Even in the state rated the most accessible for people seeking abortion services, a vast network of organizations exists for the sole purpose of dissuading people from terminating their pregnancies, according to a report released Thursday.
The lack of paid sick time available across the country means that if a worker needs time to address reproductive health needs—including prenatal or abortion care—she may have to risk her livelihood or her paycheck to do so.
Most legislators—including lawmakers in California, Maine, and Minnesota—are attempting to close loopholes and make it more difficult for people to get around inoculation requirements. Some, however, are actually trying to make it easier for parents to say “no” to vaccines.
When a student at Palm Desert High School was found to have been exposed to measles, school officials announced that 66 classmates who had not been fully vaccinated would be banned from school until the threat had passed.
San Francisco Supervisors David Weiner and Scott Campos last week held a hearing to discuss the efforts of a coalition formed to end HIV in a city that was once seen as a center of the epidemic in this country.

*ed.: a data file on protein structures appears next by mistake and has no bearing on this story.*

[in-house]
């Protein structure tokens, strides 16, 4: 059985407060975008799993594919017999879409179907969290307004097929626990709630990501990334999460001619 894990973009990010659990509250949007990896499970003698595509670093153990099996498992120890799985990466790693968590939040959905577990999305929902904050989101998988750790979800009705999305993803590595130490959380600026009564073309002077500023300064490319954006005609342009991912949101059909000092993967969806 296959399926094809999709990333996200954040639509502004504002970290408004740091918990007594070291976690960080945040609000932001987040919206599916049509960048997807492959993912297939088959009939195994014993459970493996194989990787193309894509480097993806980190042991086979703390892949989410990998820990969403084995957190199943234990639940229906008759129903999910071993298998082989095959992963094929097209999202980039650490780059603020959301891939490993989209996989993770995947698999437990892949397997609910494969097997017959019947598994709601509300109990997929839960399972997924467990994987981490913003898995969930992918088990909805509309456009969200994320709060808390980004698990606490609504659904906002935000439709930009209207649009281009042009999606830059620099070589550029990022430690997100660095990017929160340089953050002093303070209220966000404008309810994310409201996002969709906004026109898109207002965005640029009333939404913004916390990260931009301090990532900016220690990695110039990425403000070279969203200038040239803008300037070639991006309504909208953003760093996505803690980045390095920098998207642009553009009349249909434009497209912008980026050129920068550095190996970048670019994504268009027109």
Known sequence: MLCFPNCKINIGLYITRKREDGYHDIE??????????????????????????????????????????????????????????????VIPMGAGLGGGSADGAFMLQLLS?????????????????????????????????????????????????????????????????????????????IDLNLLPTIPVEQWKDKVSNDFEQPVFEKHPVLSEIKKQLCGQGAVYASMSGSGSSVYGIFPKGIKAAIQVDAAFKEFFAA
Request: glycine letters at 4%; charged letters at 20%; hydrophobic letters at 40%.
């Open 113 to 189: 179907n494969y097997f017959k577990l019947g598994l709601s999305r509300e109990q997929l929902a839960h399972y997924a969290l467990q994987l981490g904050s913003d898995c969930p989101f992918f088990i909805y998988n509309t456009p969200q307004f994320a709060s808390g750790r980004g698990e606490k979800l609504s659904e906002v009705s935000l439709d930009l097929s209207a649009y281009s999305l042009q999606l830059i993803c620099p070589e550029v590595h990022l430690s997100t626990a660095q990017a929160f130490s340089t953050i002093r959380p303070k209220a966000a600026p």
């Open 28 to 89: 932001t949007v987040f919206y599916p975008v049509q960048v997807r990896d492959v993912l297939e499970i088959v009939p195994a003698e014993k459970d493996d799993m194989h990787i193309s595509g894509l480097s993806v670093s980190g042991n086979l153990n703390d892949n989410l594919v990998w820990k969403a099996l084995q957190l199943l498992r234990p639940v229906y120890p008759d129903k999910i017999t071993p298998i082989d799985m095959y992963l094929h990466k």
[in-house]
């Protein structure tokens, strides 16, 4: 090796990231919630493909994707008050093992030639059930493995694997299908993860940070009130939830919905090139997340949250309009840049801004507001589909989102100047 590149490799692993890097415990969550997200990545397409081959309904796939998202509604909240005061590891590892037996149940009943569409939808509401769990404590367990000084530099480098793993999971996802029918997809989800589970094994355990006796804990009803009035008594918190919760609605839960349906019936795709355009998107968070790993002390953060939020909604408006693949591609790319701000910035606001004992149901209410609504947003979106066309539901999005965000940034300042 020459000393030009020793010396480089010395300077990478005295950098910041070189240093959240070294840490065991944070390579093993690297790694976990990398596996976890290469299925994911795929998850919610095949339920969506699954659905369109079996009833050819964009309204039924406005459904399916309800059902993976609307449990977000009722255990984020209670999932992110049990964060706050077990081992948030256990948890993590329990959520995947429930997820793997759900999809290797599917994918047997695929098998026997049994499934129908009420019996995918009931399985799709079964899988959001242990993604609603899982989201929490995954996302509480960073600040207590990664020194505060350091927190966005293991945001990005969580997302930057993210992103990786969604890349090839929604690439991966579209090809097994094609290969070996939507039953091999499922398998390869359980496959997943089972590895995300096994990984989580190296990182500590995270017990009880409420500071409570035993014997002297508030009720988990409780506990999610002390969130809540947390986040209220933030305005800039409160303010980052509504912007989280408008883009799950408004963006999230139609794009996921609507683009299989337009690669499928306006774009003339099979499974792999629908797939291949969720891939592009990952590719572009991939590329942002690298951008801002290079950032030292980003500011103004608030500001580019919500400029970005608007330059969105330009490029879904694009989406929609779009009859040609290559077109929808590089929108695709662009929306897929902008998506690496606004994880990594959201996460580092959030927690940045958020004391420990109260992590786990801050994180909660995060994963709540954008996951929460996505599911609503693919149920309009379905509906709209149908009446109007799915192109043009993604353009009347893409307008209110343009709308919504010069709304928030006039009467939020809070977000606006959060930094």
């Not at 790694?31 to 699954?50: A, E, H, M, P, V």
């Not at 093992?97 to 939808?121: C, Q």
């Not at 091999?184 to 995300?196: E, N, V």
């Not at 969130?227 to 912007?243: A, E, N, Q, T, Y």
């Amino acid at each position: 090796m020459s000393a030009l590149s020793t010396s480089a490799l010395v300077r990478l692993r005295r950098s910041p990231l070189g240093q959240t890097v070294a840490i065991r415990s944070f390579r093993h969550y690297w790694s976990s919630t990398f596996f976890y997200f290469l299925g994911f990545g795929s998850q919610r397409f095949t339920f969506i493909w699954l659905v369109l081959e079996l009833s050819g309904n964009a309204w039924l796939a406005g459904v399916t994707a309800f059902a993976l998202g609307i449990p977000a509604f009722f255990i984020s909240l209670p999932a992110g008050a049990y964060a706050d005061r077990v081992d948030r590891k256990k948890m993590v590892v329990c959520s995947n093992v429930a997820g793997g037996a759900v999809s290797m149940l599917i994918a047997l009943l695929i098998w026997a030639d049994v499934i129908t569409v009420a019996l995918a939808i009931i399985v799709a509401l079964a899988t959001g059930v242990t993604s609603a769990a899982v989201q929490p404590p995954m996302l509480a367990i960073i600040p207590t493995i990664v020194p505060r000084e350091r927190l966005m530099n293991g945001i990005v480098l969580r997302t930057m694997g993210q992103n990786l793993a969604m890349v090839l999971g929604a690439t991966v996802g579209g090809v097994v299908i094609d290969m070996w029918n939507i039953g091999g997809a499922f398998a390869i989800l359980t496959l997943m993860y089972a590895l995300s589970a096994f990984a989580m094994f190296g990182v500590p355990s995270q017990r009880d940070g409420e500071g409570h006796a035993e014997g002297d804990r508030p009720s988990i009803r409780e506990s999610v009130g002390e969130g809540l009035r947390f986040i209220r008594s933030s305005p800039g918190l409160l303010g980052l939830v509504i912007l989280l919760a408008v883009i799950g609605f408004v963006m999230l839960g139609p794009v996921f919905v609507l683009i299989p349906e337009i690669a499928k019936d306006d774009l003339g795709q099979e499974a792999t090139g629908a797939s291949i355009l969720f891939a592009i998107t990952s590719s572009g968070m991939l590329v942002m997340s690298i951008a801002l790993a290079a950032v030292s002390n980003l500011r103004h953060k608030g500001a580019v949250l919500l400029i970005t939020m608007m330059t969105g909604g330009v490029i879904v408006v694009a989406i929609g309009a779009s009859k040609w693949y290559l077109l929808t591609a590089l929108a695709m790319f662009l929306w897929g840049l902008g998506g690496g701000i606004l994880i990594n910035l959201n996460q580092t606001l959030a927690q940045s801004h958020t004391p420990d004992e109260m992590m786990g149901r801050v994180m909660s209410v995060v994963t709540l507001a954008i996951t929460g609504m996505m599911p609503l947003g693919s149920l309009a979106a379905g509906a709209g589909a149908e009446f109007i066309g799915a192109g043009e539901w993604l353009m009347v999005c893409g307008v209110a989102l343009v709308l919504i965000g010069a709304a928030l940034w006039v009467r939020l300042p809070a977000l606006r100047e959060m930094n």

Hundreds of thousands of Californians who applied for Medicaid have had their applications illegally delayed, and many have experienced “substantial and irreparable harm” as a result of living without health insurance, an Alameda County Superior Court judge ruled last week.
As a provider, I will celebrate the anniversary of Roe v. Wade by discussing abortion in order to highlight just how unnecessary—and potentially dangerous—the anti-choice restrictions sweeping the country truly are for women and their families.
Since the Supreme Court gave people in the United States the legal right to abortion care with Roe v. Wade 42 years ago, residents of historically “safe” states have too frequently taken our access to reproductive rights for granted.
Many people expect Sen. Dianne Feinstein to join Sen. Barbara Boxer in retirement in 2018, the same year Gov. Jerry Brown will be termed out. The ensuing scramble for California’s top three seats could determine whether the state’s dominant Democratic Party swings in a conservative or progressive direction.
“Once you run and once you win with an unabashed progressive feminist standard, then it becomes easier for everybody else who’s running,” says the chair of the California Democratic Party Women’s Caucus about Boxer’s legacy.